Jobseeker’s Allowance – can you claim this summer?
Are you a full time university student? Fruitlessly searching for a summer job? Do you have a dependent child, or have you taken time out of a course due to illness or caring responsibilities? If you have said yes to these questions, read our introduction to claiming Jobseeker’s Allowance.
There has been a lot of talk recently about students and summer jobs – or lack of them – following a survey by The Student Room showing that work over the long break can be hard to come by for many. Most people think you can’t get Jobseeker’s Allowance (JSA) to help you out over the summer while you’re a full time university student. The theory goes that your student finance funding paid at the start of term three (usually in April) should last you until your course resumes in September. This is true for the majority, but there are some exceptions. Are you:
- a lone parent? or
- one of a ‘student couple’ (your partner also being a full-time student) and you have responsibility for a child or young person? or
- waiting to go back to a course, having taken time out because of illness or caring responsibilities (for a child or elderly/disabled close relative, for example) that have now ceased?
If you answered yes to any of the above, you may be eligible to claim JSA, but you must also meet other conditions. We suggest you seek further advice (see below for how to claim and how to get advice).
Act now, as it can be hard to backdate your claim.
Benefits entitlement can change over time. If your circumstances change in future (for example, when your course finishes completely and you start looking for work), do check your entitlement again.
To get JSA, you have to be 18 or over and under state pension age and show that you meet certain conditions about looking for work. You have to actively seek work, be available for work (you must be generally willing and able to take up employment immediately) and have a current Jobseeker’s Agreement or Claimant Commitment with your Jobcentre Plus office. You will have to sign on at your Jobcentre Plus office at least every two weeks so that they can check whether you meet these conditions and see if you need any extra help to find work. They can also call you in at any time and if they think that you are not keeping to your Jobseeker’s Agreement or Claimant Commitment, your benefit may be cut or stopped.
How much could you get if you qualify?
There are two types of JSA:
Contributory JSA (paid for up to six months)
To qualify, you must have paid enough National Insurance contributions in the previous two tax years (which you may not have done as a student). The amount you will get per week (from 7 April 2014) depends on your age. If you’re under 25, it’s £57.35; if you’re 25 or over, it’s £72.40. Your ‘capital’ (savings and other wealth) or any other income does not affect your contributory JSA entitlement.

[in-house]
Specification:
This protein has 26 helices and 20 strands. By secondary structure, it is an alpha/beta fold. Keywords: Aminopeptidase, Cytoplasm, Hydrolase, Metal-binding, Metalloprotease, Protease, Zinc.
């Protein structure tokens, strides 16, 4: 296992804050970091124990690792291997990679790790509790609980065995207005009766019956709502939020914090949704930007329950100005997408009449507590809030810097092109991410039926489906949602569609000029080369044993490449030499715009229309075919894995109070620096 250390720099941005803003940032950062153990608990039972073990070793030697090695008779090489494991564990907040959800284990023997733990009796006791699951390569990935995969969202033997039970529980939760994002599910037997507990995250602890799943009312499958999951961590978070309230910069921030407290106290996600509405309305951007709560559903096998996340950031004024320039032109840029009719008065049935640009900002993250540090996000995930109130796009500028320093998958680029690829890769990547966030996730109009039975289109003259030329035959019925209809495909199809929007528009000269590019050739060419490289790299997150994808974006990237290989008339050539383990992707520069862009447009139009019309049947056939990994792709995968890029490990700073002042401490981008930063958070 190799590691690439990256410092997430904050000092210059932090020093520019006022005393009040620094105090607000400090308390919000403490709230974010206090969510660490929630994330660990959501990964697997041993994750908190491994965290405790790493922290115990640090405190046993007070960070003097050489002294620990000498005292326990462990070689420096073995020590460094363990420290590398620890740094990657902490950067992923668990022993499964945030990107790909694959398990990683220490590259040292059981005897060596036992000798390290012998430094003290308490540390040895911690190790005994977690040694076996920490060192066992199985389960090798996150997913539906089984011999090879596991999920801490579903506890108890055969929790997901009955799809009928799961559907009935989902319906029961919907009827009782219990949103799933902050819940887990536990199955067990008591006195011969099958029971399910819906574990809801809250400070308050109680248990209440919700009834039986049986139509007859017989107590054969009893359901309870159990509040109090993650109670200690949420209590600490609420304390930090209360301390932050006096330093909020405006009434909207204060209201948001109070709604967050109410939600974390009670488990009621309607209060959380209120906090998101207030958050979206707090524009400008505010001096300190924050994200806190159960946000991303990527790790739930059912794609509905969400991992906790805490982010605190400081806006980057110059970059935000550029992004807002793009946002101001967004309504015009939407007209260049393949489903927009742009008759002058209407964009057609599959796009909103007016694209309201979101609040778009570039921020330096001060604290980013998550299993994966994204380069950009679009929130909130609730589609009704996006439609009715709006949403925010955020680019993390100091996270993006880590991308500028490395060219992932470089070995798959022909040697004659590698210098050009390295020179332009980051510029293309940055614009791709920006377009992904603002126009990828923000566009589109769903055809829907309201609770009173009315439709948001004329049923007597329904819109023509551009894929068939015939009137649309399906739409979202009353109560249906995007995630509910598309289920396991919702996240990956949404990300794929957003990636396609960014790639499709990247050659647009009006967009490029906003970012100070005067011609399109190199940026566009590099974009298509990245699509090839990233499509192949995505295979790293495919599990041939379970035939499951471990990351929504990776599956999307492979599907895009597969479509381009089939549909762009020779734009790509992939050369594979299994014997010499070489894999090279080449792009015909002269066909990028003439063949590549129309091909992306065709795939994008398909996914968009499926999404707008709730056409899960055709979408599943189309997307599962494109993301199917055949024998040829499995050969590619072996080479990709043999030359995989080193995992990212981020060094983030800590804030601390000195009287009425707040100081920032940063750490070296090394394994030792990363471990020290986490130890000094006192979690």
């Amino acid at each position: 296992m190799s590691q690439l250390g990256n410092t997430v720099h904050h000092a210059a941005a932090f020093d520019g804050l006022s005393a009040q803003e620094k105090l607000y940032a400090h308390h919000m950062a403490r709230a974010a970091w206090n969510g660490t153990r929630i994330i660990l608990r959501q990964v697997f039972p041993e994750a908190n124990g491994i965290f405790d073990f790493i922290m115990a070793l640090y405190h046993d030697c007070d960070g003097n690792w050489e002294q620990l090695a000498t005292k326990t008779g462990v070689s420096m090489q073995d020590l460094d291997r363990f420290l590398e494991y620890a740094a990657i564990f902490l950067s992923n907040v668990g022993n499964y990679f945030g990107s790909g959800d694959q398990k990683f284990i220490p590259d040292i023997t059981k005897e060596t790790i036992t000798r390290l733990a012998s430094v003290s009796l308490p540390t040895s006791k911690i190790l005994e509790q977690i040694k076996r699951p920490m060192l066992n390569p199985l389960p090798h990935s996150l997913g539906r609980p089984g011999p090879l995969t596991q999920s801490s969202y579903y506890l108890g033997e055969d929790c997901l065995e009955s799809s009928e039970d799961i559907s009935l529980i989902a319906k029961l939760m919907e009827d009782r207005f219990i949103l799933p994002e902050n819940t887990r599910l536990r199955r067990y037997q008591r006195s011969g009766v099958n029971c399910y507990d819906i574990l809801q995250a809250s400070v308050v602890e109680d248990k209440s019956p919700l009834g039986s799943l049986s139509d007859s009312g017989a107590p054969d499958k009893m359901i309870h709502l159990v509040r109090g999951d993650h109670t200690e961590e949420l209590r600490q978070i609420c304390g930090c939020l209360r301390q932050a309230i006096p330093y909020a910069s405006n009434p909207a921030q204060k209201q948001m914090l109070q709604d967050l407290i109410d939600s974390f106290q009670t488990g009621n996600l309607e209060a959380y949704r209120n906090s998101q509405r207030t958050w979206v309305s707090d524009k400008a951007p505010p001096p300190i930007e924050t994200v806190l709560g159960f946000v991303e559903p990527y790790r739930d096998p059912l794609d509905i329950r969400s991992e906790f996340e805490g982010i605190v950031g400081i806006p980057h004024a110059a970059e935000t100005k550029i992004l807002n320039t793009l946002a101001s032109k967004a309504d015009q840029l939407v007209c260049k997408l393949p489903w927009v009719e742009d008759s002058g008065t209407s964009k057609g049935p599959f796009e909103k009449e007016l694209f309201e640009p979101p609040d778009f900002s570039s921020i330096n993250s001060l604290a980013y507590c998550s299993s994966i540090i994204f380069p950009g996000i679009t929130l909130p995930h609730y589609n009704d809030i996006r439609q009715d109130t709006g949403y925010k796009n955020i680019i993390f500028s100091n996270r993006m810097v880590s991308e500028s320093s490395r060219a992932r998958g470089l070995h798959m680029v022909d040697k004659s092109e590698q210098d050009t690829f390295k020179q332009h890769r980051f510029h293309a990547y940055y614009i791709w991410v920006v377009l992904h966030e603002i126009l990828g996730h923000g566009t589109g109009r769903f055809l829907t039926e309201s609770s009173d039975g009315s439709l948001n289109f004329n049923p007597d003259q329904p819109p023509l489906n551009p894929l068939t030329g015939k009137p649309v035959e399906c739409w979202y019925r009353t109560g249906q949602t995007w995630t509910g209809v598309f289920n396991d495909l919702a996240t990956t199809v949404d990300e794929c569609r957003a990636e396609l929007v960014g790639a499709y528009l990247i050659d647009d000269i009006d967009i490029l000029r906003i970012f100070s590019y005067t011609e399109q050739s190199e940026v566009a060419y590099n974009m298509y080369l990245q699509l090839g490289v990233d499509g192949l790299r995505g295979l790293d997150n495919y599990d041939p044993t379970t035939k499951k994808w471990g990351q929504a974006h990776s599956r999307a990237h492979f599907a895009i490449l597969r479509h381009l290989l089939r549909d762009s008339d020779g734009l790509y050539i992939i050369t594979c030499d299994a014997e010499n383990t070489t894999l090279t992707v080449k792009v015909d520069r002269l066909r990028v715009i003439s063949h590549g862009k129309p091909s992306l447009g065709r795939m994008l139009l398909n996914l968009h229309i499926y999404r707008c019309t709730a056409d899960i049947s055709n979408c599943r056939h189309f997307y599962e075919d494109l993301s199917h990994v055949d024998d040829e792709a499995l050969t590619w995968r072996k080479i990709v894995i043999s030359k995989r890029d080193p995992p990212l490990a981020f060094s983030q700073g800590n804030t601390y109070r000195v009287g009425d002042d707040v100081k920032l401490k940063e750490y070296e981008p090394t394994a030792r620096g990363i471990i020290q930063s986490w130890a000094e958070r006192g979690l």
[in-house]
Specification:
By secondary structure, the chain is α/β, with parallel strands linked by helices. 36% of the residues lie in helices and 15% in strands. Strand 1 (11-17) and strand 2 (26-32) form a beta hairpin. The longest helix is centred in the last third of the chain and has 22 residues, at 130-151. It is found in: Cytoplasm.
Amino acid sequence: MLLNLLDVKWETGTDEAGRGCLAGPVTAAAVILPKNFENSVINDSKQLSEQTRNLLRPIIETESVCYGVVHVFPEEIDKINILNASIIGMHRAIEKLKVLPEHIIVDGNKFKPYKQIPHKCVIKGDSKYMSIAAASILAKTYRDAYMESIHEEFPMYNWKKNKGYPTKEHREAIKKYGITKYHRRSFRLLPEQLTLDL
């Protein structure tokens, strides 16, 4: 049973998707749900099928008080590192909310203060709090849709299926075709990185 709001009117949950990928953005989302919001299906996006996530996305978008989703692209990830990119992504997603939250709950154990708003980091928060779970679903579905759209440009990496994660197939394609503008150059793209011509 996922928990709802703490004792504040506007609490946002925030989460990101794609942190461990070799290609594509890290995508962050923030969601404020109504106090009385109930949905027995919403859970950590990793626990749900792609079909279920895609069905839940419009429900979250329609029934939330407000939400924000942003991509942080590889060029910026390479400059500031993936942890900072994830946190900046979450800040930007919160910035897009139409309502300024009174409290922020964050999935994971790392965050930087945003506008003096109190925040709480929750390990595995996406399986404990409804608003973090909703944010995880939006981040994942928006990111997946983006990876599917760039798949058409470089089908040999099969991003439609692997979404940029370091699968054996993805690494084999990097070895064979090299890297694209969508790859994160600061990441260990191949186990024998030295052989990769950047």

Income-based JSA (soon to be replaced by Universal Credit)
This does not rely on your National Insurance contributions record but is ‘means-tested’ (worked out based upon your overall financial situation). The maximum amounts available are the same as for contributory JSA, but you may not get the full amount because other income and capital may be taken into account in the calculation. Student income from grants, loans (maintenance element, not tuition fee element) and bursaries may be taken into account in the means test. Even if you don’t actually receive a student loan for maintenance, our understanding is that Jobcentre Plus must assume that you do and include it in the calculation of your income.
In most cases, you will not get any money for the first three days of your claim – these are called ‘waiting days’ (this might rise to seven waiting days in the near future).
How to claim Jobseeker’s Allowance and how to get advice
You can find information about how to claim on the GOV.UK website.
Above is only a brief outline and should not be taken as a comprehensive guide. Your local Jobcentre Plus may be able to advise you based on your specific circumstances, but you might also wish to get independent advice from your university’s student Financial Advice team or an experienced JSA adviser – for example, at a Citizens Advice Bureau (CAB). To search for details of your nearest CAB, including those that can give advice by email, visit the CAB website.
What else do I need to know about Jobseeker’s Allowance?
This is a ‘Tax Guide for Students’, so we mustn’t let you leave without a word about tax!
Both contributory and income-based JSA are taxable income. This means you need to include them when you work out your tax for the year.
Confusingly however, the two types are treated differently for tax credits purposes. Contributory JSA is counted as income for tax credit purposes (and in due course will be treated as income in full for universal credit). Income-based JSA is not counted as income for tax credits (and in future will become part of Universal Credit).
We also recommend reading our section on tax credits, in case you qualify for further help.